It was (I think) going to be a short story romance of a headstrong, rebellious girl and her long-time love interspersed with a dose of conflict and separation. A mosaic of snippets of other lives – someday there may even be an ending.

“There are very few human beings who receive the truth, complete and staggering, by instant illumination. Most of them acquire it fragment by fragment, on a small scale by successive developments, cellularly, like a laborious mosaic.” Anais Nin

Blogging, Writing, Saying and Doing – is there a right way or a wrong way?

My scribblings are usually of little literary worth -this i freely admit. The thing is, I like words and I like to write and read. Language has a taste and a texture that I find irresistible so the question beggars asking, why has my blog been more photographic than wordy of late and so very infrequent. Well, it’s a question that I wanted to answer anyway, unlikely to solve the world’s economic woes but you get my drift. After lengthy thinking in the shower I have come to the conclusion that I have wanted my blog to be perfect. Whether it’s been musings about me, or a snippet of prose or a photograph I’ve been putting on my hyper critical glasses before pushing that publish button and more often than not pressing delete. (PS despite my best intentions i have had to come back and add a bit here – the photography influx is because Nature is perfect and doesn’t needs words to explain – ha, how’s that for a deeply philosophical thought).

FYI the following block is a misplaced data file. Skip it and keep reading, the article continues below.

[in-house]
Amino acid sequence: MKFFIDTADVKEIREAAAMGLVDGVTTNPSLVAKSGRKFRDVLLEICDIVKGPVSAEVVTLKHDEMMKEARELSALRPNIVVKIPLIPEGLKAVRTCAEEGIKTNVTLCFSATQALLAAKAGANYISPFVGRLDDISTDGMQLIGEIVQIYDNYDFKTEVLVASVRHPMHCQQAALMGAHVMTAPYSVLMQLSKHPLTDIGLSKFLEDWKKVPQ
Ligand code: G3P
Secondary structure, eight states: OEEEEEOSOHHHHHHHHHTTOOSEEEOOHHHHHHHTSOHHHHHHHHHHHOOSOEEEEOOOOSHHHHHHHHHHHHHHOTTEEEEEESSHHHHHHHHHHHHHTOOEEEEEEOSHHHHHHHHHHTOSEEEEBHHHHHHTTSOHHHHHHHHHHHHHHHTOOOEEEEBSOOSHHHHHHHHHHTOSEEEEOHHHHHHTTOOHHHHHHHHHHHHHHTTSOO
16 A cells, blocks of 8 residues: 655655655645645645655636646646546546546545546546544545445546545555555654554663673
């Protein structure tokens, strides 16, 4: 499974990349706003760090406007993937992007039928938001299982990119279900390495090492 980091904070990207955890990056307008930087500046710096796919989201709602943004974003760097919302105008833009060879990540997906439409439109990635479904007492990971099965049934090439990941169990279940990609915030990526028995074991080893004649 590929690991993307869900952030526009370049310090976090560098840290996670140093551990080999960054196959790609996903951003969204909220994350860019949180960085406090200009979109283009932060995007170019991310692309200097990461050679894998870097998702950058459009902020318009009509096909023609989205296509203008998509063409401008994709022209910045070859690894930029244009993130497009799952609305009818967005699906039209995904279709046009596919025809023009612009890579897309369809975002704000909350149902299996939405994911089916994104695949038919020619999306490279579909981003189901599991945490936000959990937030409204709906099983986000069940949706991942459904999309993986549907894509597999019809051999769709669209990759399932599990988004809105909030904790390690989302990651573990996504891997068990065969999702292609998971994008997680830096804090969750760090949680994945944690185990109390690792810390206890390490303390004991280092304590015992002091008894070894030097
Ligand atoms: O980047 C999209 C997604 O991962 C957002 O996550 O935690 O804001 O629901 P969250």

So here’s the thing, perfect is a fallacy for the occasional blogger. Clearly if you do it for a living everything needs to be regular and sparkly and interesting and have a hook to attract more readers. However, in my less than humble opinion, if you’re a scribbler for emotional release then a little bit of mundane is quite acceptable -obviously it was important to you if you felt the need to write about it in the first place.

Don’t misunderstand me, I’m a huge admirer of daily/weekly bloggers (which I’m sure I’ve said somewhere before on this blog and fairly recently as well but whatever) whether they be fictional or non fictional and have been enriched by fascinating people that I’ve read “online” but it’s just not for me. I have a highly stressful full time job (no excuse I know ) and for me my writing has to be a pleasurable freedom and not something else to add to the to-do list. That said, I now have a butternut that needs peeling and a pie to go in the oven for dinner.
Here’s to the mundane and the ordinary, I’m told that’s what makes the world go round -well that’s my version anyway.

Note to self – you may not change one word of the above, only dodgy punctuation warrants amending.

About me, when the going gets tough

Health, stress and its affects have been front and centre of late. Call it circumstance, fate or whatever – multiple people that we know are ill to varying degrees. I suppose being away for a few days has also sparked another spell of thinking. How do you or is there a right way to deal with stress?

I’m very vocal (not always to the stress causer mind you) and if my office walls could talk I’d probably need to take out a gagging order! Lets put it this way I’m a firm believer in better out than in.

Music is my figurative punching bag. Hard rock, classical or something that makes you cry – there’s a tune to pretty up and every mood (that said rap and hip-hop have yet to reveal their purpose to me).

In a utopian world, you’d be able to tell your stresser that they are the root cause of your stiff neck and twitching left eye but until then ………………

“After silence, that which comes nearest to expressing the inexpressible is music” Aldous Huxley